This Restaurant Favorite is Easy to Make
You’ll find Singapore Noodles at Chinese restaurants around the world. This dish offers a spicy blend of noodles and curry, along with veggies and often shrimp, pork, and chicken. I can never resist ordering it when I see it on a menu.
If you’re like many of us in the US, though, you’d never dream of making Singapore Noodles (or any other Chinese dish) at home. The ingredients may seem unfamiliar, and some of the cooking techniques can be terra incognita. But there’s really no mystery to it — after all, millions of Chinese folks cook at home every day!
Chinese New Year is just a few weeks away. (It begins on Sunday, February 10. We’ll be entering the year of the snake). So isn’t it time to learn a dish or two, and celebrate in style?
Almost everyone likes Singapore Noodles — we’re talking pasta, after all. And it’s a fairly easy dish to make (less complicated than spaghetti and meat balls). Best of all, the ingredients will already be familiar to you.
Chinese lore says having a snake in the house is a good omen — it means your family will never starve. I’m not sure about that, but I do know this: Learn to make Singapore Noodles, and you’ll never need to eat from those little white cartons again.
Recipe: Singapore Noodles
It’s the curry that makes this dish “Singapore style,” according to Florence Lin’s Complete Book of Chinese Noodles, Dumplings and Breads. The dish gets its name because “Cantonese and Amoy Chinese living in Singapore add [curry to this] favorite,” which “is well known . . . even in mainland China.” I have not visited Singapore, so I can’t say whether people there claim the dish as their own (Wikipedia says it’s barely known in Singapore). But I’ve certainly seen it on many Chinese restaurant menus in North America and Europe.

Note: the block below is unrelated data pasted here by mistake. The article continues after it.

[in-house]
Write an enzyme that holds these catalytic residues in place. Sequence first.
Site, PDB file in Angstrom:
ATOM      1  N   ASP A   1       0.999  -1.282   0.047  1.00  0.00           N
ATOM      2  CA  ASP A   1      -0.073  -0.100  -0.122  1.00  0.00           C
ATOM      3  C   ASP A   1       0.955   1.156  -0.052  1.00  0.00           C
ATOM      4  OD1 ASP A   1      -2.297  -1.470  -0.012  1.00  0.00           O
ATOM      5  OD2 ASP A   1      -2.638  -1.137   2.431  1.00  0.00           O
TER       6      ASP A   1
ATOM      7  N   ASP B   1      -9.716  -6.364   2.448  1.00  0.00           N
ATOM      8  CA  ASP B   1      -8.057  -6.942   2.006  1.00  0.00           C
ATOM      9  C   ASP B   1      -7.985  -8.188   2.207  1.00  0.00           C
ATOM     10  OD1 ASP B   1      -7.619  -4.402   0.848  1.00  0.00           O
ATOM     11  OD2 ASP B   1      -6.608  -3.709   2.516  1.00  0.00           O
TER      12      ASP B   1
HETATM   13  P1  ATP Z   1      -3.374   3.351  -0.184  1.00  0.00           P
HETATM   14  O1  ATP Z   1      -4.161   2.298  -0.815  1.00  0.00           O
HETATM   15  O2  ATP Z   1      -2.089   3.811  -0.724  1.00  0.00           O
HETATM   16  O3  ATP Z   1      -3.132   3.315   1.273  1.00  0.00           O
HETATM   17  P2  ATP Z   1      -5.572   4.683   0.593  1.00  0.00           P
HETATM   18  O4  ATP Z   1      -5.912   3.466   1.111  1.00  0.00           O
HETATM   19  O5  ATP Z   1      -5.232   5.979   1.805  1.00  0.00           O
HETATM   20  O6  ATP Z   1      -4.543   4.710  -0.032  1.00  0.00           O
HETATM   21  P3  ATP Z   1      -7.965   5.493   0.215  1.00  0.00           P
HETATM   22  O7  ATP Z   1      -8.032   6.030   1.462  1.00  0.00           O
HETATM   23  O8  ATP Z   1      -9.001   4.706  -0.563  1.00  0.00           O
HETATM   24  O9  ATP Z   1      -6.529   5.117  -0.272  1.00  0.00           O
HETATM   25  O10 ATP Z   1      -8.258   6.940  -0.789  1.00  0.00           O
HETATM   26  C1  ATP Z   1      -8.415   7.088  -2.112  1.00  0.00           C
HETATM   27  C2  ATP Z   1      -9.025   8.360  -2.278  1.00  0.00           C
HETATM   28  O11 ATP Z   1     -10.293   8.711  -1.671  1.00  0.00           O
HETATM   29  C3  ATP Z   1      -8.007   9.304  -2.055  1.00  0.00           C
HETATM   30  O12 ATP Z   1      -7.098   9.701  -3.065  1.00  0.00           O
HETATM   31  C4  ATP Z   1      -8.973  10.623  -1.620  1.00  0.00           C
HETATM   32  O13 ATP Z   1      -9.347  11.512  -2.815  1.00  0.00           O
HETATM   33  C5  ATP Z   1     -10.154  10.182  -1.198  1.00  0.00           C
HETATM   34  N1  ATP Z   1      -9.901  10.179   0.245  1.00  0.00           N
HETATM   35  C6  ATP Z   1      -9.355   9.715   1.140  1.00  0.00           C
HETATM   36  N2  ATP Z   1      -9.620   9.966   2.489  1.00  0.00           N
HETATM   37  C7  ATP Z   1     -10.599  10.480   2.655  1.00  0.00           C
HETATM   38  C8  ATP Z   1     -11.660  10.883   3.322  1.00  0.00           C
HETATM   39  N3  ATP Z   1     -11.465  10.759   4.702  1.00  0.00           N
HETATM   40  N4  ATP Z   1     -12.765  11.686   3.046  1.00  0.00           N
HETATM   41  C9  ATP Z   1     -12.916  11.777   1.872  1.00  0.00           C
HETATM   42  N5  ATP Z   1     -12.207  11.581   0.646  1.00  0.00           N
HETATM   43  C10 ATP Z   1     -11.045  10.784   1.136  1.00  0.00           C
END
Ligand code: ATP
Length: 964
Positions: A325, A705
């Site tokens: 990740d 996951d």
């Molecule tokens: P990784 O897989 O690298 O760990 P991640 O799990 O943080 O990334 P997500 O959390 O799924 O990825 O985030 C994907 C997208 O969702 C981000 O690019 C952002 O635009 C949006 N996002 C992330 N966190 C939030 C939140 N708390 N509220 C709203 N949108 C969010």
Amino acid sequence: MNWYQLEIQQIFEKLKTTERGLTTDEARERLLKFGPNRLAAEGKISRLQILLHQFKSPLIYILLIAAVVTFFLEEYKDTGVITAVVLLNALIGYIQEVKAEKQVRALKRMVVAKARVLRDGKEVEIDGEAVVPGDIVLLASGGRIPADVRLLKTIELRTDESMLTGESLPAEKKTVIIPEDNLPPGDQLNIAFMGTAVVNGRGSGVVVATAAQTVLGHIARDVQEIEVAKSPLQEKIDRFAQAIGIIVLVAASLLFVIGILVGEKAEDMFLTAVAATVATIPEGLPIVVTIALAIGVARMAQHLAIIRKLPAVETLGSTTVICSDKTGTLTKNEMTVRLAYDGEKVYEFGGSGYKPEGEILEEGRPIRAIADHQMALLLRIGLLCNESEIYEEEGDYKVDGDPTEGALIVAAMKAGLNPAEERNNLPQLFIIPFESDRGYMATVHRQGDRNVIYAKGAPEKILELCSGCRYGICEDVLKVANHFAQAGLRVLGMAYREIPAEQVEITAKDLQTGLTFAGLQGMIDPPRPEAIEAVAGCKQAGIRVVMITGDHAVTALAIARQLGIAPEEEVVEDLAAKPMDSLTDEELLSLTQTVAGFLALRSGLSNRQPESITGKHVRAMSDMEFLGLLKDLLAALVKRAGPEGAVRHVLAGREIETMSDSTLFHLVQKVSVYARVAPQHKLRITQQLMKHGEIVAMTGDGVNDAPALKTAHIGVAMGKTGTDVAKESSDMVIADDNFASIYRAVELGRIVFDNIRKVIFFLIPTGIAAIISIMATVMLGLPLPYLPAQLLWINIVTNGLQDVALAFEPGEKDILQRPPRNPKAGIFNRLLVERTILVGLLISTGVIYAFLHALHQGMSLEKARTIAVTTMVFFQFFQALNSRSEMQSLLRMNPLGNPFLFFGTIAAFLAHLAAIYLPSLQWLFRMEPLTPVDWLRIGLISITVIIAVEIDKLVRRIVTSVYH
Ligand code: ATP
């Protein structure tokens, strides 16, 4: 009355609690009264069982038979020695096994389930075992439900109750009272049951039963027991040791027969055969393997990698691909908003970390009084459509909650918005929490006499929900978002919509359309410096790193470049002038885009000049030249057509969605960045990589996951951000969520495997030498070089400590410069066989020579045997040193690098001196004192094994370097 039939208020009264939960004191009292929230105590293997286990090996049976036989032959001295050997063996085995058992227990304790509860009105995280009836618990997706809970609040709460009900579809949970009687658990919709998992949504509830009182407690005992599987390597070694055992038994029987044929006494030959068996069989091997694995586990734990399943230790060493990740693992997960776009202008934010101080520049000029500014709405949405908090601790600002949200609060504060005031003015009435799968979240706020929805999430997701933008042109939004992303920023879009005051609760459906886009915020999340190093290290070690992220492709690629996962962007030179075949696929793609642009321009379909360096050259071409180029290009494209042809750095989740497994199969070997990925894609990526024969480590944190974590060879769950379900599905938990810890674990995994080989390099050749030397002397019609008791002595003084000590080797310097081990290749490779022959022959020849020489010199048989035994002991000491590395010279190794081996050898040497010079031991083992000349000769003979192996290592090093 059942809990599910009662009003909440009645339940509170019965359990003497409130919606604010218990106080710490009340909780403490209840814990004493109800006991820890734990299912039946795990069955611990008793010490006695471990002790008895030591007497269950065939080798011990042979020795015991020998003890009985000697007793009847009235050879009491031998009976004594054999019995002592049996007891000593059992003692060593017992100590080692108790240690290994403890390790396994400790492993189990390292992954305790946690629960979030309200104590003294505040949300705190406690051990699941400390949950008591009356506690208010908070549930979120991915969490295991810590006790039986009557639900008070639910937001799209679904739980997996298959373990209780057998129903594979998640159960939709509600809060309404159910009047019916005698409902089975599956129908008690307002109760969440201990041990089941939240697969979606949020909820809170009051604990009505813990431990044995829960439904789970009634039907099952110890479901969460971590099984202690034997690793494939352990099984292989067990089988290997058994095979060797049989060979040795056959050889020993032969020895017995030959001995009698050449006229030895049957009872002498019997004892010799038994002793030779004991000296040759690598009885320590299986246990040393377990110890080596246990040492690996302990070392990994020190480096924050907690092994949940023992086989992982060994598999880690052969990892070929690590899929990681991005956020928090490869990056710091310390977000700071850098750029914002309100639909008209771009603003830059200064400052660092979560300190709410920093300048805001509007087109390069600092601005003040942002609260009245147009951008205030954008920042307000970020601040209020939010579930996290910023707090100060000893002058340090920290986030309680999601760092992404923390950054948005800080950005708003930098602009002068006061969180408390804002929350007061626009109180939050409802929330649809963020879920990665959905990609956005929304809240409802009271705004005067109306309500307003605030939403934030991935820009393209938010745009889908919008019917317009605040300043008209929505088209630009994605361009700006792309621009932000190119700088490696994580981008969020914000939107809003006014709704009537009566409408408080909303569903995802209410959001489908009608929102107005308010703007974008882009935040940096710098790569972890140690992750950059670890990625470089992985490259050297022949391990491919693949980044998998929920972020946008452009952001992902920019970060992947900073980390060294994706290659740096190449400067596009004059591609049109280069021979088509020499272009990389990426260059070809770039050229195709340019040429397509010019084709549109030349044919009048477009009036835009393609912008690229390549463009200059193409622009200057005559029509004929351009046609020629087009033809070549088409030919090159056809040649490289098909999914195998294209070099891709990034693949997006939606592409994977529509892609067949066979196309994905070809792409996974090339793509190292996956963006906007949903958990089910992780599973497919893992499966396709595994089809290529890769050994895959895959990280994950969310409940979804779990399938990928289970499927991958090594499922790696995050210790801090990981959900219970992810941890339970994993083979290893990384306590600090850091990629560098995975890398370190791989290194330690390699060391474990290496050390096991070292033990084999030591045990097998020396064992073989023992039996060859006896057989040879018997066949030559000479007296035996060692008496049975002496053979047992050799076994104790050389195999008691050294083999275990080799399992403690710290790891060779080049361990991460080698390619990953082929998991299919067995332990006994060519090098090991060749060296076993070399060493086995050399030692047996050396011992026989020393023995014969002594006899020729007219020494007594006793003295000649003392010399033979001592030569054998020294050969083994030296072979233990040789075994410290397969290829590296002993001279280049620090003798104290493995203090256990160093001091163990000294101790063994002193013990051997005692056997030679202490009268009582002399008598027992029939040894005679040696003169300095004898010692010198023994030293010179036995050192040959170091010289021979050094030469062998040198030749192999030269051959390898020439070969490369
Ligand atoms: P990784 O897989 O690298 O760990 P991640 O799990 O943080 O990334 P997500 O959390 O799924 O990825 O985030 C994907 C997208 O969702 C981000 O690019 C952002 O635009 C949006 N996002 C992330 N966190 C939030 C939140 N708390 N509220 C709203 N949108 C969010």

The noodles of choice for this dish are the thin, dried-rice ones (rice stick, or vermicelli). But you can substitute a thicker rice noodle, or even a thin dried wheat pasta (like angel hair). In the US, this dish is often made with chicken, pork, and shrimp. I think including all three is overkill, but go for it if you want. I prefer just pork, or maybe pork and shrimp. You can also make an entirely vegetarian version of this dish — more on that in the Notes.
Most recipes for Singapore Noodles are more or less the same. Mine is derived from Florence Lin’s book and from Ken Hom’s Fragrant Harbor Taste. But really, if you eat this dish a couple of times at any Chinese restaurant, you can probably figure out how to make it.
Prep time takes 10 to 15 minutes (depending on how long you soak the noodles), cooking time no more than 10 minutes. So figure half an hour, tops, from the time you begin pulling ingredients out of your pantry until you’re eating.
This recipe serves 2 to 4 (depending on what else you might serve and how serious your appetites are). Leftovers taste OK when reheated in the microwave, but their flavor isn’t as “bright” as when the noodles are hot from the wok.